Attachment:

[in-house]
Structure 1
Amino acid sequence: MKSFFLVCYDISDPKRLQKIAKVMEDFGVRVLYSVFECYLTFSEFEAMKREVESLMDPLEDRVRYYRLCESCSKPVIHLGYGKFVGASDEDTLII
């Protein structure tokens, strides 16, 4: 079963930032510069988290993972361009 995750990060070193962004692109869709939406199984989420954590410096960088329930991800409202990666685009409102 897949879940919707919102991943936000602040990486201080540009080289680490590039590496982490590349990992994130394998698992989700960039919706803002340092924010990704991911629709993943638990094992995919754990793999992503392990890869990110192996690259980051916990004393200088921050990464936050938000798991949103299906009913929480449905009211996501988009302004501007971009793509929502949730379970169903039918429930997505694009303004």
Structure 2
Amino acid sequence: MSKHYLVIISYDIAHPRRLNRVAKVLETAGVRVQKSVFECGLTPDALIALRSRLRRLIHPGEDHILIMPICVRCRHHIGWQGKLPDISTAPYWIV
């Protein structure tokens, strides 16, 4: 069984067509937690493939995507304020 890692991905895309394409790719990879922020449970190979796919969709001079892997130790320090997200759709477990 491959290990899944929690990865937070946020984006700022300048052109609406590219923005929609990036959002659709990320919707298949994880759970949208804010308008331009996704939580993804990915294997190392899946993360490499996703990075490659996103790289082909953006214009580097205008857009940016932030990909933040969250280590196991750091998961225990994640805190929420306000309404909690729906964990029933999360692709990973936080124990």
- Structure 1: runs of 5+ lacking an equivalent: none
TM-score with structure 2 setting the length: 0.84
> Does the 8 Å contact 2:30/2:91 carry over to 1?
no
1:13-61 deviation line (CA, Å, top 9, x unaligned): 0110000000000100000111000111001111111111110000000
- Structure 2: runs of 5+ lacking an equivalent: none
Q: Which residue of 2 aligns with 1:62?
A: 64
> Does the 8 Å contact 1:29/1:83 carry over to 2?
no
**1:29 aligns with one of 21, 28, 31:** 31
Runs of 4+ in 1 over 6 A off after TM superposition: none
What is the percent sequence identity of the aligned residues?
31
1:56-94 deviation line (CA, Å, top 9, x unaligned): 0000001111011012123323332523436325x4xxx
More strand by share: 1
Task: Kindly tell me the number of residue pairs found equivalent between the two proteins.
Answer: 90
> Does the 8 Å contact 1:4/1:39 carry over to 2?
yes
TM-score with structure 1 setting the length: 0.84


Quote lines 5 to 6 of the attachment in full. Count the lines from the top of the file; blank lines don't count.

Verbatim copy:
Structure 2
Amino acid sequence: MSKHYLVIISYDIAHPRRLNRVAKVLETAGVRVQKSVFECGLTPDALIALRSRLRRLIHPGEDHILIMPICVRCRHHIGWQGKLPDISTAPYWIV